41/377: Zeddiani


Mural in historic centre

After wandering a bit around Capo Mannu, enjoying the beauty of the sea that crashes on the coast of San Vero Milis, I start my trip to Zeddiani. Today about twenty kilometers, the wind has turned direction so I’m still against the wind. The road is straight and quite boring.

When I get to Zeddiani, I stop in front of the Town Hall and I am stopped by a lady, ‘you’re the one who is coming to the elderly center tonight!’. Yes that’s me. At the Town Hall I meet Mayor Claudio and Gianni who take me around the village.

We are lucky, today is the only day of the week when the mill is open, right in front of the Town Hall. Inside a room a mill grinds the grain, shoots it in a sieve where all the parts are separated and different types of flours come out. The ladies bring the bags and they make them fill, there is a long queue!

Detail of a mud brick (ladiri)

The ancient houses here are also in ladiri bricks, even if some basalt traces can be seen. A good part, however, are modern buildings. The streets are well maintained and there are some very nice murals. We pass in front of the church of San Pietro and Monte Granatico, a very nice and well-kept structure, inside which there are paintings of Tzia Veronica, a lady who died recently.

Riu Mare Foghe

We tour the surrounding countryside, mainly rice fields. We approach the Riu Mare Foghe, which is so wide here that some rowing companies had taken it as their stretch of training. I lean out on the pier and contemplate the reeds in front. The river continues towards the pond of Cabras, passing through Baratili San Pietro where I will be tomorrow. We pass next to a craft area and then we return to the village.

Palm trees

In the afternoon we visit a workshop of polystyrene cribs, very beautiful and well-executed in the most minimal details by a group of willing and talented ladies. Every year the most beautiful crib is awarded.

Artisan nativity crib

Then we visit the elderly center, where I tell my project to a group of elderly people, mainly women, who offer me cake and drinks. Finally, I can also play with Giansilvio, accordionist, with whom we improvise on Campidanese dances but also on modern music, in front of some good vernaccia wine.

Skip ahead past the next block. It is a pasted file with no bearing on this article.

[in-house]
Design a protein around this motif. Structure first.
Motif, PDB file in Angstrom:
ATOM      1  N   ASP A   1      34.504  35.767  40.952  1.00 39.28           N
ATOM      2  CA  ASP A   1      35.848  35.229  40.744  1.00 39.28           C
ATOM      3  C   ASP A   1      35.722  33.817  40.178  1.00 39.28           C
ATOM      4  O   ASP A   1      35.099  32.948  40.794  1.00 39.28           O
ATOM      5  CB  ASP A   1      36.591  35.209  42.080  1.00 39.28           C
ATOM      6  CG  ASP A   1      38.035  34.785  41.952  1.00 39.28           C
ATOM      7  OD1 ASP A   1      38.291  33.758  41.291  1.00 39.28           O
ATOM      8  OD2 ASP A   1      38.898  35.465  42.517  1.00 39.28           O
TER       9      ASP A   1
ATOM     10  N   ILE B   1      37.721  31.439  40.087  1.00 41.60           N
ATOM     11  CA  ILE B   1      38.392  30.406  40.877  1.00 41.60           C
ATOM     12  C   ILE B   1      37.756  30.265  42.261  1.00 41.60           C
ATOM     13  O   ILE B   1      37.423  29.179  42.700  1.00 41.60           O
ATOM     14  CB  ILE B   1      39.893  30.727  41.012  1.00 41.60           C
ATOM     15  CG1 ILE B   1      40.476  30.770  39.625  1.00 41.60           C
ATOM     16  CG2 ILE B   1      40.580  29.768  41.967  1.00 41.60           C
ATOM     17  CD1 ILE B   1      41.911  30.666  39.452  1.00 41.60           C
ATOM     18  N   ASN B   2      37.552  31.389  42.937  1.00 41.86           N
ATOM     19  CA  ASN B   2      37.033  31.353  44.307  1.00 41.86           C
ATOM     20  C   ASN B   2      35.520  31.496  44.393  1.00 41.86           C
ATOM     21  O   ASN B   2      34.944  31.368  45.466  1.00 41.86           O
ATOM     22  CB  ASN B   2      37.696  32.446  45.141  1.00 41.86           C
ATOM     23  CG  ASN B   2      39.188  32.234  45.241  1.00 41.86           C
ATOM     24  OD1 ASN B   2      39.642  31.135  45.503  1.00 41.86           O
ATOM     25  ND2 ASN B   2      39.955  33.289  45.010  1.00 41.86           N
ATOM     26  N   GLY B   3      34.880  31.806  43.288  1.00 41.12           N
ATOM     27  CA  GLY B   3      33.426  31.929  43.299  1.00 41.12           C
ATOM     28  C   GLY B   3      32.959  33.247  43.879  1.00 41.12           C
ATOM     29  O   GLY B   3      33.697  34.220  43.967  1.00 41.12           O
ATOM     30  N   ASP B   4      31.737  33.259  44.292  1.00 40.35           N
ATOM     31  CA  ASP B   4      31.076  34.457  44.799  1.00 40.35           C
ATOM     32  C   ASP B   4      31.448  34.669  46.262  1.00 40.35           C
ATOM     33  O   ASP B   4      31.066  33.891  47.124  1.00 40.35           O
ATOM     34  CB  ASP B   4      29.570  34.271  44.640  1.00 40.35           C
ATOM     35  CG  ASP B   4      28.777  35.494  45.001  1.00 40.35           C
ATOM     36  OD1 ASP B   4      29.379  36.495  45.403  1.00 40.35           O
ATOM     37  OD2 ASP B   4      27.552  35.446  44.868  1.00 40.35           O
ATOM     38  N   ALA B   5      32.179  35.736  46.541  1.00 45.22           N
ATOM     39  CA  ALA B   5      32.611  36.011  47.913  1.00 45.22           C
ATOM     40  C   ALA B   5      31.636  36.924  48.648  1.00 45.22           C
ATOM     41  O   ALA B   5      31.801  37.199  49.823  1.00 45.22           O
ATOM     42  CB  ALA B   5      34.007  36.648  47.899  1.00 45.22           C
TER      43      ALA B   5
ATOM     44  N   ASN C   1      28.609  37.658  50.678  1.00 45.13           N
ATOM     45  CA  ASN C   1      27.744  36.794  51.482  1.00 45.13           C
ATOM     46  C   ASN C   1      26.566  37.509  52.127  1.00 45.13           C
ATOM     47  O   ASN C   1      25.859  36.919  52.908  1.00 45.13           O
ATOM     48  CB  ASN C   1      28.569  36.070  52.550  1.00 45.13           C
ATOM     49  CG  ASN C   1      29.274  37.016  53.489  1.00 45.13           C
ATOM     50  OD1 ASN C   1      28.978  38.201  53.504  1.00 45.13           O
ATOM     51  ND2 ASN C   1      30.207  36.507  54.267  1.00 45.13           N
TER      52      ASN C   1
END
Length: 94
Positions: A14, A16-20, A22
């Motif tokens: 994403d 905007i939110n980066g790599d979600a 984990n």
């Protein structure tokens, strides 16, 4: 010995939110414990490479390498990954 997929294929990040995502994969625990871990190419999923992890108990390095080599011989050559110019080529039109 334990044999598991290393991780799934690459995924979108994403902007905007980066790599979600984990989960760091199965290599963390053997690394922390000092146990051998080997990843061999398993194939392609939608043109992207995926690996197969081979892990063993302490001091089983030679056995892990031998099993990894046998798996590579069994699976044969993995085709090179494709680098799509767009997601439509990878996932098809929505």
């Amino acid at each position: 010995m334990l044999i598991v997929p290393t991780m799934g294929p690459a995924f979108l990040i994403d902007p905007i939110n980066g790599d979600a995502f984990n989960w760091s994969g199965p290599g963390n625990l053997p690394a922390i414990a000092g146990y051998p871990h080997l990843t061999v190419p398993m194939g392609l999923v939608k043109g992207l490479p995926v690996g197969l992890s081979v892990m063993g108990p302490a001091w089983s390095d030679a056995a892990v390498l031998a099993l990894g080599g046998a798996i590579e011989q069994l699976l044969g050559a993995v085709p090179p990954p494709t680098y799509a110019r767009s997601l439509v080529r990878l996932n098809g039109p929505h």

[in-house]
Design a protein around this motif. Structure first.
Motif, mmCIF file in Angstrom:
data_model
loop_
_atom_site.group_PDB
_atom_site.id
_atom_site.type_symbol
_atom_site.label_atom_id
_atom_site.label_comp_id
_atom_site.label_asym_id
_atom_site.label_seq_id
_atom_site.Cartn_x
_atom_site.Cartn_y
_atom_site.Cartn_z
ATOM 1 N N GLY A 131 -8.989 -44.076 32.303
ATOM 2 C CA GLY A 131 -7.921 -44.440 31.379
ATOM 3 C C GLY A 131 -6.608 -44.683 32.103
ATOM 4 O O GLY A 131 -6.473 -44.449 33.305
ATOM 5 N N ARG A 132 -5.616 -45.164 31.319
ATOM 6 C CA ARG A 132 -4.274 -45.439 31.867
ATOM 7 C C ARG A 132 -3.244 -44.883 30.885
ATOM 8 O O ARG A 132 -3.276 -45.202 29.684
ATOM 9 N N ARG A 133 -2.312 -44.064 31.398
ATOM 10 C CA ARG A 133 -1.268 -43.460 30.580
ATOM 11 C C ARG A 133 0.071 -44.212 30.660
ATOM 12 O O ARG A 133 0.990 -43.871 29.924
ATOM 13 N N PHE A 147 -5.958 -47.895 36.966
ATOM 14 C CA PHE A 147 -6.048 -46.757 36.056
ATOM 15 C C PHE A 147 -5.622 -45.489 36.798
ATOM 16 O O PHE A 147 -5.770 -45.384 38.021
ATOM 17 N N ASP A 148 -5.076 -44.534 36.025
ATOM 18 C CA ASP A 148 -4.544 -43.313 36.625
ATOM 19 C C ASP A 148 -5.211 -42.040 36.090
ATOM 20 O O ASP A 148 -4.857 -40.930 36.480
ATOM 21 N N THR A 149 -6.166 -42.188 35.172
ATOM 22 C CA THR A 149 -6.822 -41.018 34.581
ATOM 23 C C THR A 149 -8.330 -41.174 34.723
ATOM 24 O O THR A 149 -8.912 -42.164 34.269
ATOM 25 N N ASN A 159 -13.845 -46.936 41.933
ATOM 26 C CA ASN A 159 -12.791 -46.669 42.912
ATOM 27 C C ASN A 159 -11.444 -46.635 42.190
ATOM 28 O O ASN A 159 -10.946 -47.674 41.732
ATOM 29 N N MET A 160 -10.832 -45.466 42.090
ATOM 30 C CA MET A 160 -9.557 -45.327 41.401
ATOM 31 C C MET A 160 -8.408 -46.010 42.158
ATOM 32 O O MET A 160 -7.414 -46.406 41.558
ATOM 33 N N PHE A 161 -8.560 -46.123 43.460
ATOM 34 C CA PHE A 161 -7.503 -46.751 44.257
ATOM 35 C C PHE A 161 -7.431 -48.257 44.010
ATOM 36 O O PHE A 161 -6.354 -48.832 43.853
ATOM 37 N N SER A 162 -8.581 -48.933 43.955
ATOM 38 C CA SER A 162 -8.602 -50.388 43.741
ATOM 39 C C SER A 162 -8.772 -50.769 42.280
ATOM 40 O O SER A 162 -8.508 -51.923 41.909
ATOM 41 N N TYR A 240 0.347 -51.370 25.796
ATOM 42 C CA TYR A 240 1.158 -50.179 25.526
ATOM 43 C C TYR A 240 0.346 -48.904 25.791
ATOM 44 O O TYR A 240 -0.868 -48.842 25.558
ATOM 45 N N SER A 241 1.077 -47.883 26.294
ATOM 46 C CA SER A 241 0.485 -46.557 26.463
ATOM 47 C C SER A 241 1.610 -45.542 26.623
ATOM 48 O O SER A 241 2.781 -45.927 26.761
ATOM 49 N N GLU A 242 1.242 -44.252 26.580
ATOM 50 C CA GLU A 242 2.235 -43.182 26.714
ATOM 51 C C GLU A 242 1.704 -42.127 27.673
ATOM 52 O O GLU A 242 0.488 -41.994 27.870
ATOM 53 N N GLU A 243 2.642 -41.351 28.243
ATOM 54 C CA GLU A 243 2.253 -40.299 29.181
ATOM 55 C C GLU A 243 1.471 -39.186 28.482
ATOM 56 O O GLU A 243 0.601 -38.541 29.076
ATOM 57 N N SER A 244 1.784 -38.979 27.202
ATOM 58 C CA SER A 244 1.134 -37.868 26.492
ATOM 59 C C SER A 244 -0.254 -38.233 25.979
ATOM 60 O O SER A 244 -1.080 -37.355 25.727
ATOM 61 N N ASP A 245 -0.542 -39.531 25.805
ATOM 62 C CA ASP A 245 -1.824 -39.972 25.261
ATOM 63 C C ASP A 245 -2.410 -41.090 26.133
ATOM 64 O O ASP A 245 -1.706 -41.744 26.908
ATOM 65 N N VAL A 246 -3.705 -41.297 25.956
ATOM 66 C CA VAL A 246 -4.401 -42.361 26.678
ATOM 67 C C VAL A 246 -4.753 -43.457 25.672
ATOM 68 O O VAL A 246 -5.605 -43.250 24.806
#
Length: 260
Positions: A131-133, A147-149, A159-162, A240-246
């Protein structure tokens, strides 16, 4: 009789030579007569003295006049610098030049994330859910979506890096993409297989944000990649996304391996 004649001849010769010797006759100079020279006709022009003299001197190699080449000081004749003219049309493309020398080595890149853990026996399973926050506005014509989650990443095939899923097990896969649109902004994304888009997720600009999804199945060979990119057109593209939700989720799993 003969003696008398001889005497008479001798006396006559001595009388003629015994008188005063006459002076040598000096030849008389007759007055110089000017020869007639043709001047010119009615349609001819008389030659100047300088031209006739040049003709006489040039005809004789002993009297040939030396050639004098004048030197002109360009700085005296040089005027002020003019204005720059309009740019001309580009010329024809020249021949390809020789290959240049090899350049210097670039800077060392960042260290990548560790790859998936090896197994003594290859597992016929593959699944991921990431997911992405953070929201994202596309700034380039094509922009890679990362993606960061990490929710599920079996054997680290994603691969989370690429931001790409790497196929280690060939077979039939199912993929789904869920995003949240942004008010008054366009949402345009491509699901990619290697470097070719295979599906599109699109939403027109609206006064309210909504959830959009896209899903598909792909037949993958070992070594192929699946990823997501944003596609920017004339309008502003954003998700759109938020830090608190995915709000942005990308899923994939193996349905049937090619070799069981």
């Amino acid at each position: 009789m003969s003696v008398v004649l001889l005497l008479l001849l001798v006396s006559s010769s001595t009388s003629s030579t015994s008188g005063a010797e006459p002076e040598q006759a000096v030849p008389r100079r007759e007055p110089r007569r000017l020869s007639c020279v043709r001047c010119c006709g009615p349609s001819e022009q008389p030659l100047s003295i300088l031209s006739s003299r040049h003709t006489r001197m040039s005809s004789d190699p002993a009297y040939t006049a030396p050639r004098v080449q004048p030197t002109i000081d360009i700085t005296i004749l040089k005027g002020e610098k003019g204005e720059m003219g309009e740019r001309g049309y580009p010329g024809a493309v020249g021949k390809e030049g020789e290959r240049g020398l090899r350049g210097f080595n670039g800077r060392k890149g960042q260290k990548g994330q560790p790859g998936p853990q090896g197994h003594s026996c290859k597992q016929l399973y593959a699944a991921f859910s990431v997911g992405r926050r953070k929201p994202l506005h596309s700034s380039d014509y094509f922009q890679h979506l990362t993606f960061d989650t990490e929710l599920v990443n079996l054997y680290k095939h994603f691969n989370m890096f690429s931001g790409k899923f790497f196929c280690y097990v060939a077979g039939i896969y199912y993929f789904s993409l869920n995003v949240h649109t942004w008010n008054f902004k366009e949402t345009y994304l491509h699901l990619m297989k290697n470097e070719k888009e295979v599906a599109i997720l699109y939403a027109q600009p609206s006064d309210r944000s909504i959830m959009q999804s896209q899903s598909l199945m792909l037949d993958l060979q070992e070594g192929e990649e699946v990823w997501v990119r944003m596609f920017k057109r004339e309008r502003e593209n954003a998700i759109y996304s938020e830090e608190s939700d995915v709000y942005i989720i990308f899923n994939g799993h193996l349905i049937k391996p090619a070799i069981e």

Work by Tzia Veronica

We conclude the day with a pizza diner in the council hall at the Town Hall, with the Mayor, other councillors and members of the Pro Loco. Tablecloths on the tables, beer, wine, chat and paintings by Tzia Veronica behind us.



Improvisation inspired by the vivacity of a Campidanese dance.




I’ve been at the elderly center for a while already. They announce to me the imminent arrival of the ‘lady of the jokes’. I have just finished playing No Potho Reposare that someone breaks into the hall, Anna Teresa, 82, and I recognize the lady who stopped me this morning in front of the Town Hall.

So I can not stop myself from asking her a few jokes. And Anna Teresa does not need to be asked twice. She starts. An elderly couple is traveling to the Holy Land. The husband has an illness and dies. The woman tries to organize the transport of the body in Italy but someone tells her “why do not you bury him here?” And she “you’re crazy, they told me that once a man who had been buried here resuscitated!”. This is the style of the jokes.

But Anna Teresa also knows some ‘dirty’ ones …and therefore she also starts with those … BEEEEP. Not happy, she then starts with nursery rhymes in Sardinian, and then with stories about people, priests and so on and so forth. I leave with the excuse of an appointment with Giansilvio to play.

At Giansilvio’s we spend time between a Sardinian dance and a glass of vernaccia wine, half an hour has already passed, when someone rings at the door. Giansilvio goes to open the door and I hear two voices, a male and a female that I seem to know. Shortly thereafter Anna Teresa comes into the room with a man I do not know. Anna Teresa continues the interrupted show at the elderly center, jokes and stories.

Until the man timidly presents himself: he is a relative of mine, Gianfranco, whom I never met, who came from Oristano because he read that today I was in Zeddiani. After a walk in the village asking around if anyone had seen me, he stops at the elderly center, where Anna Teresa knows already everything about my moves and takes the trouble to accompany him to us.

The musical evening has now taken another turn, but that’s okay, this journey is made of stories, of many words, of meetings, of re-encounters, and I let myself be carried away by the current of events without resisting it.